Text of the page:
Low-molecular-weight heparin non-superior to standard therapy in reducing miscarriages


The most common thrombophilia types were heterozygosity for factor V Leiden, prothrombin 20210A mutation, and protein S deficiency.

Low-molecular-weight heparin (LMWH) did not increase the live-birth rate in comparison to standard therapy for pregnant women.

A team, led by Siobhan Quenby, MD, PhD, Biomedical Research Unit in Reproductive Health, University of Warwick, compared the 2 treatments in a cohort of pregnant women in several countries.

The data was presented during the American Society of Hematology (ASH) Annual Meeting and Exposition.


Recent research has identified an association between recurrent miscarriage and inherited thrombophilia.

“It has been hypothesized that anticoagulant therapy might reduce both number of miscarriages and adverse pregnancy outcomes in these women and this is widely practiced despite lack of solid evidence,” the authors wrote.

However, there are not many randomized controlled trials assessing the efficacy of low-molecular-weight heparin (LMWH) therapy in women with recurrent miscarriage and inherited thrombophilia.

In the investigator-initiated, international open-label randomized, controlled ALIFE 2 trial, the investigators examined patients at 15 hospitals in the Netherlands, US, Belgium, and Slovenia coordinated by the Netherlands. In addition, the UK coordinated 26 sites in England, Scotland, Wales, and Northern Ireland. Each participant was aged 18-42 years who had 2 or more pregnancy losses and confirmed inherited thrombophilia (factor V Leiden, prothrombin 20210A mutation, antithrombin, protein C or protein S deficiency).The participants were actively trying to conceive or were less than 7 weeks pregnant.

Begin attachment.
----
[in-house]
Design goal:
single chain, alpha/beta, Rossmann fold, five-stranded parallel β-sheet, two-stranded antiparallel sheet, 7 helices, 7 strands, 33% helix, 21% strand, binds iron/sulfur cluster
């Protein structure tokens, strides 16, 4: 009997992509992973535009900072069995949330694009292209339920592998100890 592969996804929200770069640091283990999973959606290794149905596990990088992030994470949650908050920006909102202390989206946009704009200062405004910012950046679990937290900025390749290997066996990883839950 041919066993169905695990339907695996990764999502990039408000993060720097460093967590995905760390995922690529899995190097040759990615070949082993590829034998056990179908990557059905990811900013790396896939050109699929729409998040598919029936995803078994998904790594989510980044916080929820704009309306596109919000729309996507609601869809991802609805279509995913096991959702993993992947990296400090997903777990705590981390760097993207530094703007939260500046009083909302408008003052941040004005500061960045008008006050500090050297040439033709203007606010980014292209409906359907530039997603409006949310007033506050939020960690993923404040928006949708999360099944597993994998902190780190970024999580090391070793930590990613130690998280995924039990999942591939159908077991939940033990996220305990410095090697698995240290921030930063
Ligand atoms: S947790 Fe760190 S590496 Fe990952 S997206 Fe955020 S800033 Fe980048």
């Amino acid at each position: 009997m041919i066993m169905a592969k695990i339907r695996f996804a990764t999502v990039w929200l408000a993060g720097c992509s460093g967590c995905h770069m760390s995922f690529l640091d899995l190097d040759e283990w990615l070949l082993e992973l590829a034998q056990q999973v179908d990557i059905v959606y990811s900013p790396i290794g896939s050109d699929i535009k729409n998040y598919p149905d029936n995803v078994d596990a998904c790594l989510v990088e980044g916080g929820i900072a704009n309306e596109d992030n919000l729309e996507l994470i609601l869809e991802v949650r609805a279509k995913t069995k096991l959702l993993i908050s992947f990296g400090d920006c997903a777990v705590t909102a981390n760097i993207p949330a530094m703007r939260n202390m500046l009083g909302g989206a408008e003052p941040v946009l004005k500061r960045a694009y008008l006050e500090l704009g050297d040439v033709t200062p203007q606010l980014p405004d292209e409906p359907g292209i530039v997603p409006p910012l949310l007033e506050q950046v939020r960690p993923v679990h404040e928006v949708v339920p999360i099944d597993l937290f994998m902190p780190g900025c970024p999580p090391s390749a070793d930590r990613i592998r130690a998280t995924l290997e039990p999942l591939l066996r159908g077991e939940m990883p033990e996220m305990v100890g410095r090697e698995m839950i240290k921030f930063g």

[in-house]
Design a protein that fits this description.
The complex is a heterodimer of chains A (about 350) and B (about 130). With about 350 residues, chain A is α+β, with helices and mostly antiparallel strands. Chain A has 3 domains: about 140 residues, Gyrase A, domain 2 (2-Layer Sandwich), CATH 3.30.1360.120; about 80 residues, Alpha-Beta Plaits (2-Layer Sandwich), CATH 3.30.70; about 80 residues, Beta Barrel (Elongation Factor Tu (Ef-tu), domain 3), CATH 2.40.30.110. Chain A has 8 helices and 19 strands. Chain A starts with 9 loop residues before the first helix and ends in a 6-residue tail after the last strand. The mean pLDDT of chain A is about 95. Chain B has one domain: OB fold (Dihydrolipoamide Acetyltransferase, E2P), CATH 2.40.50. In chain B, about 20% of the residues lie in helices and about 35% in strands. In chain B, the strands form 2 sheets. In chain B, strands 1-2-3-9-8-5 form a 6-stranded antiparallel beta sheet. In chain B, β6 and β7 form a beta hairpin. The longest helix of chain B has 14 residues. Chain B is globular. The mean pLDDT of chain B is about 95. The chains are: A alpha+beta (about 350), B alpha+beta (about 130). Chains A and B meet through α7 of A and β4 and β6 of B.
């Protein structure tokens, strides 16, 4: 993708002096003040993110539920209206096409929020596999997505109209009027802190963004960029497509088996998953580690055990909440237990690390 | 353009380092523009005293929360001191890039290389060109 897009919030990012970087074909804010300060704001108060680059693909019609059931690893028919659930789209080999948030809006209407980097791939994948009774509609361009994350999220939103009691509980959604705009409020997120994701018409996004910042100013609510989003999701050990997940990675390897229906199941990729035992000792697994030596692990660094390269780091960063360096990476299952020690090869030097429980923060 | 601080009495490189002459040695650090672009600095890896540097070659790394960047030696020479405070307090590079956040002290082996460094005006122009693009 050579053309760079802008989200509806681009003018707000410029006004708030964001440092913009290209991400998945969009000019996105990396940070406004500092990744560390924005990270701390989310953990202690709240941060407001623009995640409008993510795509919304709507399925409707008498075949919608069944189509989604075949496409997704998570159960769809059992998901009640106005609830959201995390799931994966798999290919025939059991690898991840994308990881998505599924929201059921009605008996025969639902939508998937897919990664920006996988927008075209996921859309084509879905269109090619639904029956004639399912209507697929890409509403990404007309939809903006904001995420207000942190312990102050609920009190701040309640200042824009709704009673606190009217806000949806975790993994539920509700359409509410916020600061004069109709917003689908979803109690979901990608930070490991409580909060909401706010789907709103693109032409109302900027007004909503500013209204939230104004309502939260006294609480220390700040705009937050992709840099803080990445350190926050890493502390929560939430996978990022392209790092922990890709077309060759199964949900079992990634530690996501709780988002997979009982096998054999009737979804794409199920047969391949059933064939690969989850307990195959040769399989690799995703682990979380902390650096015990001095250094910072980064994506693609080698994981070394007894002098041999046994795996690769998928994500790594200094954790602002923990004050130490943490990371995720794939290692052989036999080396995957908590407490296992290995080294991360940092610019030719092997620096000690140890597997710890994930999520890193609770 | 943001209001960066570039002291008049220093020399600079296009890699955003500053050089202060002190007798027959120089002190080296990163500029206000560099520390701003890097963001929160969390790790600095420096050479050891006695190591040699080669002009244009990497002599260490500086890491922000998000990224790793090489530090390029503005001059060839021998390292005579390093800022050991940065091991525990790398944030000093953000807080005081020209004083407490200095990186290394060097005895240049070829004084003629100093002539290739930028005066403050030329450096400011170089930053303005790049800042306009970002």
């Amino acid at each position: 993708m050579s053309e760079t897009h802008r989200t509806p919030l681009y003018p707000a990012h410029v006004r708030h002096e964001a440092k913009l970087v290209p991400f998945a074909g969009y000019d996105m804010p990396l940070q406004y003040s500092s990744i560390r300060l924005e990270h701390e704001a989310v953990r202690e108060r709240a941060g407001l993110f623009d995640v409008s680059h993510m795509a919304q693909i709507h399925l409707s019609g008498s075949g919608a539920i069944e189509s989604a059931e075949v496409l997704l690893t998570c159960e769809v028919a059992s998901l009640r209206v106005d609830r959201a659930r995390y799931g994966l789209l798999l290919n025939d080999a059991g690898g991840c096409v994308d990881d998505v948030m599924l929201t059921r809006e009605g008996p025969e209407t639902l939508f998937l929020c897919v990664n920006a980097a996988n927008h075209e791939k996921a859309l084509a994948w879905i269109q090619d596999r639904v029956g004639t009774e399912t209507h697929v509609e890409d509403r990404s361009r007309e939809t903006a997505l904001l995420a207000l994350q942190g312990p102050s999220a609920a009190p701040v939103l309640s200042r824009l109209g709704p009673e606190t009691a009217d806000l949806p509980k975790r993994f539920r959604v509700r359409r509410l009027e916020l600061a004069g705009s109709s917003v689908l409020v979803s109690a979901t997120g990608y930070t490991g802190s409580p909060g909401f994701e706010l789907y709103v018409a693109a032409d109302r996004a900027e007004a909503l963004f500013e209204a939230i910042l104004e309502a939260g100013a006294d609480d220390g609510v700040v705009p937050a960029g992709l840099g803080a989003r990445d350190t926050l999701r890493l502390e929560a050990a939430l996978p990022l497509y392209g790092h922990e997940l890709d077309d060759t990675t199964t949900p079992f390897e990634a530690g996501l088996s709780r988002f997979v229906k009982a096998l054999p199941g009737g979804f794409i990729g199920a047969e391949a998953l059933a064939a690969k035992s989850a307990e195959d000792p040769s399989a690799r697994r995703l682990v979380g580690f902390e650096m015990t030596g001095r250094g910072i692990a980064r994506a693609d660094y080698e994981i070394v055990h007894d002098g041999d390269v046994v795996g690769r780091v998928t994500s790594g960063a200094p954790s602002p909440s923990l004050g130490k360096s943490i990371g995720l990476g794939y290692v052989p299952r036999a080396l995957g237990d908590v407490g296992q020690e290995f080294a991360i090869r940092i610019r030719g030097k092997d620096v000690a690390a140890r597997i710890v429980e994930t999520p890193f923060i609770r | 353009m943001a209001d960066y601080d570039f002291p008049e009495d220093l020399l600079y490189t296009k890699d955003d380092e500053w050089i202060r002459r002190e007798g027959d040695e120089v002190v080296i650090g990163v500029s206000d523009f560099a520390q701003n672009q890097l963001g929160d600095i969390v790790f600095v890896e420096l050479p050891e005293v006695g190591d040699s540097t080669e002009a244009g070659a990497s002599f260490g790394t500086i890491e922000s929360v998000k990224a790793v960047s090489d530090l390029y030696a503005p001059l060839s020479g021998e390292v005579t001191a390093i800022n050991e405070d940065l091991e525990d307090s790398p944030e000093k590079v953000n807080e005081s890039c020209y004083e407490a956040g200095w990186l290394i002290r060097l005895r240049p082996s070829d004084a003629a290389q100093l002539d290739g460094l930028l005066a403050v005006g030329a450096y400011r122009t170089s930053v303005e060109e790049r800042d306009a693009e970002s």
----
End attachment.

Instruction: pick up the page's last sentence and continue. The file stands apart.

The exclusion criteria included women who were pregnant for 7 weeks or more, women that had an indication for anticoagulant treatment during pregnancy, those that had a contraindication for LMWH, individuals with a known allergy for LMWH, or those previously enrolled in the trial.

In the study, each participant was randomly assigned to use subcutaneous LMWH (n = 164) once daily with enoxaparin 40 mg, dalteparin 5000 IU, tinzaparin 4500 IU or nadroparin 3800 IU or standard pregnancy surveillance (n = 162) once they had a positive urine pregnancy test. The mean age of the patient population was 33 years.

The treatment began at the 7 week mark of pregnancy and continued until the end of the pregnancy.

The investigators sought primary outcomes of live birth rate and secondary outcomes of adverse pregnancy outcomes, including miscarriage, congenital malformations, obstetric complications such as premature delivery, pre-eclampsia, HELLP syndrome, and intrauterine growth restriction.

They also sought safety outcomes, including bleeding episodes, thrombocytopenia, and skin reactions to the prescribed study medication.

Birth Rates

Between August 2012 and January 2021, there were 10,626 women with recurrent miscarriage assessed for eligibility. However, the majority of patients were not eligible because of an absence of inherited thrombophilia. A total of 428 participants were eligible, 326 of which conceived and were randomized into 1 of the 2 treatment groups.

Prior to randomization, the median number of miscarriages was 3 and 70% of the patient population had a history of 3 or more miscarriages.

The most common thrombophilia types were heterozygosity for factor V Leiden (56%), prothrombin 20210A mutation (25%), and protein S deficiency (14%).

Aspiring was also used a co-medication for 11% of the patient population.

The overall live birth rate was 71.6% (n = 116) in the LMWH group and 70.9% (n = 112) in the standard surveillance group (aOR, 1.08; 95% CI, 0.65-1.78) (absolute difference, 0.7%; 95% CI, -9,2% to 10.6%).

Adverse events were identified in 23.8% (n = 39) of the LMWH group and 22.8% (n = 37) of the surveillance group.

“Compared with standard surveillance, the use of LMWH did not result in higher live birth rates in women who had two or more pregnancy losses and confirmed inherited thrombophilia,” the authors wrote. “On the basis of our findings, we do not advise routine use of LMWH in women with recurrent pregnancy loss and confirmed inherited thrombophilia, and we advise against routine testing for inherited thrombophilia in women with recurrent pregnancy loss.”

The study, “LBA-5 Low-Molecular-Weight Heparin Versus Standard Pregnancy Care for Women with Recurrent Miscarriage and Inherited Thrombophilia (ALIFE2): An Open-Label, Phase III Randomized Controlled Trial,” was published online by ASH 2022.

This article originally appeared on HCP Live Network®.

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